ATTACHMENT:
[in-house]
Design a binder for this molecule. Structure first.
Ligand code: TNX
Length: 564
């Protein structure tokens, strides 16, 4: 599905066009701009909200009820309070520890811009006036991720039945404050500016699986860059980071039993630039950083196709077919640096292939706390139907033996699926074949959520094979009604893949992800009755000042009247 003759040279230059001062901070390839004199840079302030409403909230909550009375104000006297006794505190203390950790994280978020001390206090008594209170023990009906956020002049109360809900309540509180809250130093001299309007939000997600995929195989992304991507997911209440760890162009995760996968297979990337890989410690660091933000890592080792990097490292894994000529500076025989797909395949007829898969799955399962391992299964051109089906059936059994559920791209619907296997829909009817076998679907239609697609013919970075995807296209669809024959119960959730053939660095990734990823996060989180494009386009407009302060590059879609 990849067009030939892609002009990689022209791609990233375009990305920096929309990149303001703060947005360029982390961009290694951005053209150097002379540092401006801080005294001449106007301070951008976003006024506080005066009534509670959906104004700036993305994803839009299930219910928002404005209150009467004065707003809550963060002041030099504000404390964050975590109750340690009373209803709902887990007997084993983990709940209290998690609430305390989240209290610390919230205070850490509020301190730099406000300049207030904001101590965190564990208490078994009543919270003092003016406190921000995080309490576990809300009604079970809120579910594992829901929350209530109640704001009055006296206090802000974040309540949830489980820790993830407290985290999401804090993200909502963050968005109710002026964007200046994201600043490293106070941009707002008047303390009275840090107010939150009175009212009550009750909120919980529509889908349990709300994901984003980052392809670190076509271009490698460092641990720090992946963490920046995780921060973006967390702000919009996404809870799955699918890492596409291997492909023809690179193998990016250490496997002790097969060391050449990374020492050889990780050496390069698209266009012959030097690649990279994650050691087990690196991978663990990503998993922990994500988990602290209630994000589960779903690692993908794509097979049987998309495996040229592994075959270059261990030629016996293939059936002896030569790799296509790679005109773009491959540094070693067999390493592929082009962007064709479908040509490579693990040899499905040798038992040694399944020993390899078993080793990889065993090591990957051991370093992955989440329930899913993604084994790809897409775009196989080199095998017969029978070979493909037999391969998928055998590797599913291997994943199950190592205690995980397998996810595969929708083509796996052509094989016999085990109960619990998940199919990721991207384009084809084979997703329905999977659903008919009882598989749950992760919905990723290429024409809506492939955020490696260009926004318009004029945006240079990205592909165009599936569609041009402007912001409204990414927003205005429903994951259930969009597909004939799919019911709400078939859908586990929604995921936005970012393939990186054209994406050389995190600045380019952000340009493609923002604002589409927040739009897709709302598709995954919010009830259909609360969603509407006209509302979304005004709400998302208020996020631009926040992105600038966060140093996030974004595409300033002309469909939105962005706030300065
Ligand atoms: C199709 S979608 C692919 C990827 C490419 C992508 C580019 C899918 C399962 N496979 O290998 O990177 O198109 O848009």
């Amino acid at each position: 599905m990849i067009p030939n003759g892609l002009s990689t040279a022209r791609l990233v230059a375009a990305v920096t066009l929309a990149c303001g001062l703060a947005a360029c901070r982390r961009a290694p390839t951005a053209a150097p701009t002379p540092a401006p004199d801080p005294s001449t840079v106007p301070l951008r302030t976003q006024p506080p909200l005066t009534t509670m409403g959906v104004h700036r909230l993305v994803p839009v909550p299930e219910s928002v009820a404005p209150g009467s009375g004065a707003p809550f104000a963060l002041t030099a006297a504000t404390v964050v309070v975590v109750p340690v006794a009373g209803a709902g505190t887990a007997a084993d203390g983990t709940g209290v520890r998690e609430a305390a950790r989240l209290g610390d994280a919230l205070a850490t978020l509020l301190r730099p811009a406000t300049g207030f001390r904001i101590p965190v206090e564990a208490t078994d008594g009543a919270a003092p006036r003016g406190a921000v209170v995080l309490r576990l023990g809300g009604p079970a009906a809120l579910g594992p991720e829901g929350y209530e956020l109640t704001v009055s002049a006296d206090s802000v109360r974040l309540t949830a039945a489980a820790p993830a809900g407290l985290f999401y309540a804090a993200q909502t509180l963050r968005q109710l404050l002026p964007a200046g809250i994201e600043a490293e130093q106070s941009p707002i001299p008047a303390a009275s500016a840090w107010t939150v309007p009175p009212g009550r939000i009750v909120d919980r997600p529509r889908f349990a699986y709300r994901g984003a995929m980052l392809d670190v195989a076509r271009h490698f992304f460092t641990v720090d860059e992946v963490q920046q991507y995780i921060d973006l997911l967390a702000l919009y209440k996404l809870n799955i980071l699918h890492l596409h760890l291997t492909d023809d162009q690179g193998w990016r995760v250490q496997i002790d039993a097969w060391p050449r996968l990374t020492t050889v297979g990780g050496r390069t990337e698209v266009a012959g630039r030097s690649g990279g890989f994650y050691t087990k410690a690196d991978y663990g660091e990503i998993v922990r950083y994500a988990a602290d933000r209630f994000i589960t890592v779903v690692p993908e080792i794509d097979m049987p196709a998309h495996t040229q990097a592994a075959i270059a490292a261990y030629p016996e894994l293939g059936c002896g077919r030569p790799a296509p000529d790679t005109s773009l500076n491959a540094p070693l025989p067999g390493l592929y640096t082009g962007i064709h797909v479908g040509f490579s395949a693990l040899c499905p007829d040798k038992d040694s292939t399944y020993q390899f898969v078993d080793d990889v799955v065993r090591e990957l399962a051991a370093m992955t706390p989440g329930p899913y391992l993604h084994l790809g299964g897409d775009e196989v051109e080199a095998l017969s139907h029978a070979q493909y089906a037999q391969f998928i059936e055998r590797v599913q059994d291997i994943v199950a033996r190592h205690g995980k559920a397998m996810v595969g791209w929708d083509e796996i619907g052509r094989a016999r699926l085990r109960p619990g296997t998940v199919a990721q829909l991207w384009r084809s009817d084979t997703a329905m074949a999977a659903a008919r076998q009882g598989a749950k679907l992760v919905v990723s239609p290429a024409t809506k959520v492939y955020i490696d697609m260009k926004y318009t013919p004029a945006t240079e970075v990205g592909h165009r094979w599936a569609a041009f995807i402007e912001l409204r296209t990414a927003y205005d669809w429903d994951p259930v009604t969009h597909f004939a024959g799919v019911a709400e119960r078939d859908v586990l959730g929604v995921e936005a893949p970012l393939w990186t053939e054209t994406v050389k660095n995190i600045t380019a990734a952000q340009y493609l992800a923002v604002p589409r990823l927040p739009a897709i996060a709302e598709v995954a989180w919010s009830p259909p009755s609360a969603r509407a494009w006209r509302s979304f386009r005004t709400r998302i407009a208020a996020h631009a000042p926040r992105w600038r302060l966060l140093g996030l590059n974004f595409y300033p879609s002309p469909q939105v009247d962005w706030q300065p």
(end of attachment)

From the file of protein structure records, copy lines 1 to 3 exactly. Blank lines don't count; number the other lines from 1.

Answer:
[in-house]
Design a binder for this molecule. Structure first.
Ligand code: TNX